While the last four years have been kind to Japanese property values, as mentioned above, it is important to note that this trend follows more than two decades of flat or declining prices, that have seen properties lose approximately 60% of their bubble-peak prices in the interim. And while investment banks, sovereign funds and a great many institutional investors and high net-worth families have taken this latest trend as an indicator for things to come, ignoring monthly cash-flow projections in favour of growth potential could be a risky, speculative move. Japan still has some severe issues to tackle, not the least of those being its ageing/declining population and high government debt to GDP ratio – both of which are currently the highest in the world. Until these issues are addressed, any long-term economic improvement should be taken with a grain of salt – property price hikes included.
The Japanese are notoriously foreigner-shy – to the point where the vast majority of them will gladly bow out of any potential involvement with foreigners due to an inability to communicate, inability to understand the vastly different mentality (see “Manageability”, above), and an almost pathological fear of anything different, unknown or out of their comfort zone – which is a rather narrow and confined space. In practice, while foreign buyers in any other market will normally be met with a huge selection of property professionals who speak their language, and are keen and eager to do business with them (and would then have to carefully pick the reliable ones), in Japan the opposite holds true – the vast majority of property professionals may be reliable and honest to a fault – but foreign investors would find it near impossible to find anyone who would agree to work with them. What this means in practice is that in almost all cases, and certainly if one wishes to gain access to the less internationally familiar locations in the country, as mentioned above – one would require local representation (more on that under “Bureaucracy”, below).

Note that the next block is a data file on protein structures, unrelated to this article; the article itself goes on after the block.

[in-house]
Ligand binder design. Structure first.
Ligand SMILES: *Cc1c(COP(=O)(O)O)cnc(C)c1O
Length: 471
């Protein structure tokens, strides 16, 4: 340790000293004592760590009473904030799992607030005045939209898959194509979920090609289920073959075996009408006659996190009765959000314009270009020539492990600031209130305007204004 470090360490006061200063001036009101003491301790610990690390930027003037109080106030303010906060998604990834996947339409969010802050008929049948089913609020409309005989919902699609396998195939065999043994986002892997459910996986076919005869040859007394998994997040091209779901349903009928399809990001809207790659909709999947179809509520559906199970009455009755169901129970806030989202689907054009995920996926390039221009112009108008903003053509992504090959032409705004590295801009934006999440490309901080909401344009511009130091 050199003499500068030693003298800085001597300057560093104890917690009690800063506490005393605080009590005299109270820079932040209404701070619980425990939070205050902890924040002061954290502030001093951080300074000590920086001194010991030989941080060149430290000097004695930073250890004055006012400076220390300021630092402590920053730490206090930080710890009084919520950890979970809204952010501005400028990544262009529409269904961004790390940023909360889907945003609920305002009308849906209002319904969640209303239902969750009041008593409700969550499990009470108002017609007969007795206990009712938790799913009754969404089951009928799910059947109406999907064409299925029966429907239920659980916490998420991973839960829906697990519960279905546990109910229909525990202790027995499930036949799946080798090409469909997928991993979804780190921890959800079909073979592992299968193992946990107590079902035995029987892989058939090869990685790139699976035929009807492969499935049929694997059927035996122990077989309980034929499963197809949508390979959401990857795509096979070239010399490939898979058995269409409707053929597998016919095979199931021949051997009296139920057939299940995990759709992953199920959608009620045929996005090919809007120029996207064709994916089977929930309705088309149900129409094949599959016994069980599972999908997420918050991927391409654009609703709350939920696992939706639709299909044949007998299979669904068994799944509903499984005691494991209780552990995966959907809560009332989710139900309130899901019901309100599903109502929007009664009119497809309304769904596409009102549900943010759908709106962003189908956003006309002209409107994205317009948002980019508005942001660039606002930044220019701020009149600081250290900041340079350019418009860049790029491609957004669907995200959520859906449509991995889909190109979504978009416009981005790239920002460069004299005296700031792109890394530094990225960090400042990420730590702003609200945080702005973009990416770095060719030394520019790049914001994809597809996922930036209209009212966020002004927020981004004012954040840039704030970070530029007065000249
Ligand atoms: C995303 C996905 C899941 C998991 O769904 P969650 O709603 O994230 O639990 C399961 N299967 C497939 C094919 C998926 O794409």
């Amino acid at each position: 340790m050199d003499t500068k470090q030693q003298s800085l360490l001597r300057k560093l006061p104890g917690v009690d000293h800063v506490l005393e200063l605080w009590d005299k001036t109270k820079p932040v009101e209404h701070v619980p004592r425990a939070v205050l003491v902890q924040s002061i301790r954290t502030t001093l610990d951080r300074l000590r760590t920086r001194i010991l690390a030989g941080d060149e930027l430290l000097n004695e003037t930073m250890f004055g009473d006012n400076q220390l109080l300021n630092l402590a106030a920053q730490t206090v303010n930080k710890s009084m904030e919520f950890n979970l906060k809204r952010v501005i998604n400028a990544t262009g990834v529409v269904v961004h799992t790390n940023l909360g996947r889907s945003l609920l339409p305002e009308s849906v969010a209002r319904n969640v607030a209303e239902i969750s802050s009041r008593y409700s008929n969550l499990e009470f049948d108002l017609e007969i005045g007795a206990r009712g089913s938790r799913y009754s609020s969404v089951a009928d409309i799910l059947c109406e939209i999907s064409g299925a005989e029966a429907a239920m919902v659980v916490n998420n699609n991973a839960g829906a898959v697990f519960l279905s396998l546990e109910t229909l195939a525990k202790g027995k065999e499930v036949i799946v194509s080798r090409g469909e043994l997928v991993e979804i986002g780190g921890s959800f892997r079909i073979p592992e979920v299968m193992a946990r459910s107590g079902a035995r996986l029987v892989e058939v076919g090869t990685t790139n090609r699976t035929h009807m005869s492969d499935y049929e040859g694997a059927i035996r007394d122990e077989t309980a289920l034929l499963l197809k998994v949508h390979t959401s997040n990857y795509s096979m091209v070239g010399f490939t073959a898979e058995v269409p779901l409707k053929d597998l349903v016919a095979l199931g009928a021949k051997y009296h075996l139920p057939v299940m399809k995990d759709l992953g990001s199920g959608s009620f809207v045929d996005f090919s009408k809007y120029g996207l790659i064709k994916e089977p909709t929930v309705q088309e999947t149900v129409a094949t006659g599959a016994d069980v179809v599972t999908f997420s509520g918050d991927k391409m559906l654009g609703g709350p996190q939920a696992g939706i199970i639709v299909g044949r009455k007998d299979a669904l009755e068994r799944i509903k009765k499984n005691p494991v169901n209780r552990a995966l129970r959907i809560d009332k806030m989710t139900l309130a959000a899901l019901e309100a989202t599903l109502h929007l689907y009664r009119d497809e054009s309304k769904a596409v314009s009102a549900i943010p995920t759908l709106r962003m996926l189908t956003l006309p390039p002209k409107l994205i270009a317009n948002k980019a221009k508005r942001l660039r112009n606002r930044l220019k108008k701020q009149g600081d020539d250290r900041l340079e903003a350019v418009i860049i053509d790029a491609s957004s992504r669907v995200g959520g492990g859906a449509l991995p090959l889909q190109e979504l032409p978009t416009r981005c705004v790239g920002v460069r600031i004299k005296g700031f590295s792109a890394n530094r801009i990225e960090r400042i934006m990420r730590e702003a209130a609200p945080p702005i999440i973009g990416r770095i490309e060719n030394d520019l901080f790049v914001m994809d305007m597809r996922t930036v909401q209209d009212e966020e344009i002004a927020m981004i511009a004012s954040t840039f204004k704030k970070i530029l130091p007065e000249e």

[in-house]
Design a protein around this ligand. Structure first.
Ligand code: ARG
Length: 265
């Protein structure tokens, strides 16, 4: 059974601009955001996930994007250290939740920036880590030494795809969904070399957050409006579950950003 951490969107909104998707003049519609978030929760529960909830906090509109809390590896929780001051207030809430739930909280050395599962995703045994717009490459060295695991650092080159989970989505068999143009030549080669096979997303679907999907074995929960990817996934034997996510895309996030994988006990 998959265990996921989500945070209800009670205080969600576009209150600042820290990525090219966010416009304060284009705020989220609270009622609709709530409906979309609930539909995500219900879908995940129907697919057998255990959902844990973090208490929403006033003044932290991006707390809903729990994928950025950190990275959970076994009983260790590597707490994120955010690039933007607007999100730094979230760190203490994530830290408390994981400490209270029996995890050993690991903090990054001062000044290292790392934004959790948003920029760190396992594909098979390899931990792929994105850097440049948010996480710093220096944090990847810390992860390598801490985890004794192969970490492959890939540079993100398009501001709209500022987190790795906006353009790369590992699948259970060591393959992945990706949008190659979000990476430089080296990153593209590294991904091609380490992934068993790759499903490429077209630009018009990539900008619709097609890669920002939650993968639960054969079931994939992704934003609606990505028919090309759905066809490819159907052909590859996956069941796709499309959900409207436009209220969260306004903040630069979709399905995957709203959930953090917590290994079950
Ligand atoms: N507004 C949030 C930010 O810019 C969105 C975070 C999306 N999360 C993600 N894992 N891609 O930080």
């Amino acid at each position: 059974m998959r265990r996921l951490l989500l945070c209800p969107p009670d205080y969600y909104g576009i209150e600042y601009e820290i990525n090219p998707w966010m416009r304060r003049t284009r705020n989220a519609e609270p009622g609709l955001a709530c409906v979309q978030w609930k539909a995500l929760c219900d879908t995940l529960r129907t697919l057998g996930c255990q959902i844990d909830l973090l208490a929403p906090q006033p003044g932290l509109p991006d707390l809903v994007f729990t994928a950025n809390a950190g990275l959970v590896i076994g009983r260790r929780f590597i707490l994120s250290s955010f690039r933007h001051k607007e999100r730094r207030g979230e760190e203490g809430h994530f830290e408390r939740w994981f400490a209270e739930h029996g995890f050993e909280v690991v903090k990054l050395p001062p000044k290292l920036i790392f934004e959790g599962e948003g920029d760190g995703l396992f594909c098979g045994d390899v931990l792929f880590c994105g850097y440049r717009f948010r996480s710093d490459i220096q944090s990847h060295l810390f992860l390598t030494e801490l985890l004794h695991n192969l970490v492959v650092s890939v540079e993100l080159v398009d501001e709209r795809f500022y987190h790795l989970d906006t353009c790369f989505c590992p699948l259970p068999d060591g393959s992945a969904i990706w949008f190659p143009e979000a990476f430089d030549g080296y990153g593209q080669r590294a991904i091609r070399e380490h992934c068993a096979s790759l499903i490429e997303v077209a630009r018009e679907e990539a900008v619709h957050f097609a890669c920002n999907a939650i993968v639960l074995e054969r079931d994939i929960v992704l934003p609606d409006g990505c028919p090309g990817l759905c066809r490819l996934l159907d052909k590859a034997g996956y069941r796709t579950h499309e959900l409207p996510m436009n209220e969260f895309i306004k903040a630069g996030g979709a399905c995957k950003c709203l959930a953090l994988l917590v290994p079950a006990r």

3. Archaic, Low-tech Bureaucracy
As mentioned above, and perhaps in contradiction to their love of gadgets/electronics and automation, the Japanese love paper dearly – partly because they are sticklers for a highly regulated, fully transparent business environment, as mentioned – but also because of a deeply rooted love of tradition, and an even more deeply rooted fear of change or innovation. Coupled with the culture and language challenges discussed previously, this means that all documentation, barring some very unique cases – and there will always be a great deal of documentation – will always be in Japanese. Meetings will also be conducted only in Japanese. Banks will not provide any practical solutions for foreigners (including, but not limited to opening bank accounts), government agencies will not communicate via email, and will in most cases not even post any notices abroad – many of the bills will have to be paid in person, at a local Japanese post office, convenience store or bank branch – and rent will only be deposited into a local Japanese bank account (a classic case of ‘catch 22’, considering banks will not enable foreigners to open any manageable bank account). To drive this point home, here’s a practical example – the preferred method of business communication in Japan, as unbelievable as this may sound, remains, to this very day – the fax machine.
While all of the above may sound daunting, once these obstacles are surmounted, the rewards can be extremely lucrative, the selection immense, and most importantly – hassle and head-ache free – which is why a great many Asia-Pacific based investors are already highly active in this exciting market, with many more joining them on a daily basis. But more on that in our next instalment in this series.